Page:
For a geofenced token - one that can be spent by anyone within a specific geographic area (polygon or polyhedron), transactions - one approach would be to include a wallet owner’s geographic location as one of the parameters passed into the transfer function of the smart contract.

In the body of the function, the code would require that the point is within the polygon representing the geographic zones, only letting the transfer invocation proceed if that condition is met.


There are a few real challenges here. The first: verifying the location proof. Technically it is extremely difficult (if not impossible) to create a definitive proof that some information was created at a specific physical location.

There are technical ways to improve trust in the position - signing position captured by the sensor triangulating with the GPS or FOAM network in a secure enclave, for example. It would require a special app or - eventually - a plugin for mobile crypto wallets that allows users to generate the “universal location check-ins” (credit @jabyl from Distributed Town for the term and his help thinking this through). Otherwise, incorporating other sensor readings (like from a camera or microphone) could help build trust, as could requiring users to scan a cycling QR code only available at the location, form social check-ins in which they verify that the others were present, etc. We’re in early stages of working out the best ways of trusting verifiable location proofs.

The other obvious concern is privacy. Sharing where I am on a blockchain? Lots of people would be rightfully concerned. In some contexts it might be ok - people broadcast their locations publicly when they check in on Foursquare or geotag an Instagram post or tweet. But building in privacy by design would unlock many additional applications.

We’ve been doing some early thinking about zero-knowledge location proofs, which prove that a point is inside a polygon without revealing the user’s position. This could then be verified on chain in the require statement. I have no idea what work on this has been done - @tux at NuCypher was interested but not sure if they’ve looked at it any further. We don’t have any cryptographers working with us so right now it’s just speculation lol … this cryptographic primitive could have profound implications in so many contexts - for example, in physical security applications, international relations, intelligent mobility systems etc.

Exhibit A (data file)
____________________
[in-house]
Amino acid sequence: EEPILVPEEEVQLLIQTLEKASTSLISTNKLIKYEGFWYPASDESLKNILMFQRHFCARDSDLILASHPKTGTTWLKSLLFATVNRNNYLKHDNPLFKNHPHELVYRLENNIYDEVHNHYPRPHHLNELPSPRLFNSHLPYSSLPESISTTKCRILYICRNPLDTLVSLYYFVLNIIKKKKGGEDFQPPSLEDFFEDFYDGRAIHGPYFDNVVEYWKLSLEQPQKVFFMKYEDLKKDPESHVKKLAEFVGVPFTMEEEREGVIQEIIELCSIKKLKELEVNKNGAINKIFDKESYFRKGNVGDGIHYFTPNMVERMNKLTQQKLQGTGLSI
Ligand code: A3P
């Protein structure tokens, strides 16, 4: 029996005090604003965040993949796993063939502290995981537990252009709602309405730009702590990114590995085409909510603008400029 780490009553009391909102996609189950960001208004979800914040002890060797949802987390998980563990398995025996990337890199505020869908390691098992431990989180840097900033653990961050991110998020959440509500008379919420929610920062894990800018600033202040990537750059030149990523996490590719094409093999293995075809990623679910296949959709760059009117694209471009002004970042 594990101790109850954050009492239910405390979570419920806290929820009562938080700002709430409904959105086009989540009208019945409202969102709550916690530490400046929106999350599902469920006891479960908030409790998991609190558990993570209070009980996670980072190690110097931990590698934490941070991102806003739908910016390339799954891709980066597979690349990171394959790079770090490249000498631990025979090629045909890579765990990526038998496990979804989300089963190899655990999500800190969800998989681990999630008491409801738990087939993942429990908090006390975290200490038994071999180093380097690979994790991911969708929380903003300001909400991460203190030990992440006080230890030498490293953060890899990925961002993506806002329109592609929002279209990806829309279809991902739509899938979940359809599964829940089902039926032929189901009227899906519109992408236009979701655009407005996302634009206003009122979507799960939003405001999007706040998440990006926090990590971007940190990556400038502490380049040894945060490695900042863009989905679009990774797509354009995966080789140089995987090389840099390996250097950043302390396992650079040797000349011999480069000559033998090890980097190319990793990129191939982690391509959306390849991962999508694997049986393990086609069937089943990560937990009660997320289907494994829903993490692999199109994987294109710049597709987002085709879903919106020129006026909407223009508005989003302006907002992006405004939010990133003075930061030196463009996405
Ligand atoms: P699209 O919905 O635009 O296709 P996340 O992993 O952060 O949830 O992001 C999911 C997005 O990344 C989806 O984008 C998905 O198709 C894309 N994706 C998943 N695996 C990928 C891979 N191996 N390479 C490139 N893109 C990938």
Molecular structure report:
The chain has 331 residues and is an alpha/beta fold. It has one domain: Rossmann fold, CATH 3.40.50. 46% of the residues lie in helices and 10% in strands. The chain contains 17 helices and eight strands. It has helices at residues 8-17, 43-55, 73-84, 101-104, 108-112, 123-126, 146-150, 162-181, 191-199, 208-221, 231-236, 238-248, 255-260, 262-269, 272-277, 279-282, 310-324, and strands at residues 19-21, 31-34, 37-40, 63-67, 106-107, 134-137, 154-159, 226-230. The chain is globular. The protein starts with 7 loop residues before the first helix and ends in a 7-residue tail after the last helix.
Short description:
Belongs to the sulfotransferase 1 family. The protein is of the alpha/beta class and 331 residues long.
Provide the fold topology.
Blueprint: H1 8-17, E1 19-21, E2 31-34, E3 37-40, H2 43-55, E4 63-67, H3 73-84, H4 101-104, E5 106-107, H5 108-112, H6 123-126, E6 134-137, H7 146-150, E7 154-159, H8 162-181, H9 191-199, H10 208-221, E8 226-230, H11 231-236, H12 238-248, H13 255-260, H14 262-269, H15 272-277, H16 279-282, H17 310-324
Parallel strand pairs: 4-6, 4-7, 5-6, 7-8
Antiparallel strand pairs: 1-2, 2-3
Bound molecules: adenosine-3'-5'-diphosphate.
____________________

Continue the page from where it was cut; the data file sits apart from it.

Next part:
We’re working on the tools developers will need to build location-based dapps and spatial contracts at Astral. A few years ago we prototyped a location-aware wallet contract at ETHParis, have been continuing to develop Spatial.sol, a Solidity library of geometric and topological functions.

We’re also working on verifiable spatial data registries that could support these kinds of geospatial applications. Build some prototypes with the LABS team you could look at - Hyperaware’s Jurisdiction Registry and Geolocker. We think these verifiable spatial data registries could be the basis of the composable location-based decentralized web.

We’d love to collaborate with anyone working on these ideas :pray::sparkles:

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I think the solution here is low tech. By creating many different local currencies and providing an additional service (analytics or visibility into the local economy), you’ll empower the use of local currency, locally.

If you want to get more blockchain about it but accept some censorship into your local economy, you can require well known local entities to serve as the backstop for the local currency. The local entities would be required to (every epoch) provide local codes to anyone who requests them. However, the method of serving the code is an offline device with a known public key that signs: the epoch, a nonce, and the requester’s public address. When someone wants to spend money in the local economy, they would hash their local code and transaction body.